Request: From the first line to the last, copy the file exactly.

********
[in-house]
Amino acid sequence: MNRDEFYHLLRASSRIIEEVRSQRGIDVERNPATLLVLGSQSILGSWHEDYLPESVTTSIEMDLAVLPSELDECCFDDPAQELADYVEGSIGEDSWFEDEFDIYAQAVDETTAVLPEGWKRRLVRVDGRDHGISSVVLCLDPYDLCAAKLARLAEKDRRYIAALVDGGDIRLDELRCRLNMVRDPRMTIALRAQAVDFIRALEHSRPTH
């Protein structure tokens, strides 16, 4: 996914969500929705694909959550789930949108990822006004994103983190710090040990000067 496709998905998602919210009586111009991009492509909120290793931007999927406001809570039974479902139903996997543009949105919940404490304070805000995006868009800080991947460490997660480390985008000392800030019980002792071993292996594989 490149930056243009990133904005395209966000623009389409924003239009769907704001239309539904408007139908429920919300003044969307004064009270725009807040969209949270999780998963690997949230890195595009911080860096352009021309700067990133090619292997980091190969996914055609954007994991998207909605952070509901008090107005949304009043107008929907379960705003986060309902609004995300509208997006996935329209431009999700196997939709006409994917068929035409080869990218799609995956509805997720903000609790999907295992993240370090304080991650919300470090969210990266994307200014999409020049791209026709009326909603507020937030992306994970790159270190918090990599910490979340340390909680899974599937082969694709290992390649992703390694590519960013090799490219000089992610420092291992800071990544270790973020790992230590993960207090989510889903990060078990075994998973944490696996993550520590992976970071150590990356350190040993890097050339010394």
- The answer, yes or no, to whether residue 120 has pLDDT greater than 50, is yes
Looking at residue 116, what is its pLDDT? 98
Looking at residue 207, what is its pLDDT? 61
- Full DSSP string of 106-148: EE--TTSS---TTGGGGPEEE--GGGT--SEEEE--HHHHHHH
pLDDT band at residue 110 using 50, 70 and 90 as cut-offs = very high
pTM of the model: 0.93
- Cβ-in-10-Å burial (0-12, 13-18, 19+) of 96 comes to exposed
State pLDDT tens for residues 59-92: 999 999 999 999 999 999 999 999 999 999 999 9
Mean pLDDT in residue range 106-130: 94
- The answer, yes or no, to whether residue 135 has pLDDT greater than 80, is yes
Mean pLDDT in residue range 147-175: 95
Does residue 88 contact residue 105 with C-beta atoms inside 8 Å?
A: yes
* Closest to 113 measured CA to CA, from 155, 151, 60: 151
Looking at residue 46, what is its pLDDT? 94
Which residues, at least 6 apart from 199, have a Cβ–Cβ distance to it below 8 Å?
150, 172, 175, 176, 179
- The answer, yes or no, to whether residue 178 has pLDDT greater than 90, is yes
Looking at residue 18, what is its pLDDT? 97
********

[in-house]
Amino acid sequence: MNRDEFYHLLRASSRIIEEVRSQRGIDVERNPATLLVLGSQSILGSWHEDYLPESVTTSIEMDLAVLPSELDECCFDDPAQELADYVEGSIGEDSWFEDEFDIYAQAVDETTAVLPEGWKRRLVRVDGRDHGISSVVLCLDPYDLCAAKLARLAEKDRRYIAALVDGGDIRLDELRCRLNMVRDPRMTIALRAQAVDFIRALEHSRPTH
């Protein structure tokens, strides 16, 4: 996914969500929705694909959550789930949108990822006004994103983190710090040990000067 496709998905998602919210009586111009991009492509909120290793931007999927406001809570039974479902139903996997543009949105919940404490304070805000995006868009800080991947460490997660480390985008000392800030019980002792071993292996594989 490149930056243009990133904005395209966000623009389409924003239009769907704001239309539904408007139908429920919300003044969307004064009270725009807040969209949270999780998963690997949230890195595009911080860096352009021309700067990133090619292997980091190969996914055609954007994991998207909605952070509901008090107005949304009043107008929907379960705003986060309902609004995300509208997006996935329209431009999700196997939709006409994917068929035409080869990218799609995956509805997720903000609790999907295992993240370090304080991650919300470090969210990266994307200014999409020049791209026709009326909603507020937030992306994970790159270190918090990599910490979340340390909680899974599937082969694709290992390649992703390694590519960013090799490219000089992610420092291992800071990544270790973020790992230590993960207090989510889903990060078990075994998973944490696996993550520590992976970071150590990356350190040993890097050339010394």
- The answer, yes or no, to whether residue 120 has pLDDT greater than 50, is yes
Looking at residue 116, what is its pLDDT? 98
Looking at residue 207, what is its pLDDT? 61
- Full DSSP string of 106-148: EE--TTSS---TTGGGGPEEE--GGGT--SEEEE--HHHHHHH
pLDDT band at residue 110 using 50, 70 and 90 as cut-offs = very high
pTM of the model: 0.93
- Cβ-in-10-Å burial (0-12, 13-18, 19+) of 96 comes to exposed
State pLDDT tens for residues 59-92: 999 999 999 999 999 999 999 999 999 999 999 9
Mean pLDDT in residue range 106-130: 94
- The answer, yes or no, to whether residue 135 has pLDDT greater than 80, is yes
Mean pLDDT in residue range 147-175: 95
Does residue 88 contact residue 105 with C-beta atoms inside 8 Å?
A: yes
* Closest to 113 measured CA to CA, from 155, 151, 60: 151
Looking at residue 46, what is its pLDDT? 94
Which residues, at least 6 apart from 199, have a Cβ–Cβ distance to it below 8 Å?
150, 172, 175, 176, 179
- The answer, yes or no, to whether residue 178 has pLDDT greater than 90, is yes
Looking at residue 18, what is its pLDDT? 97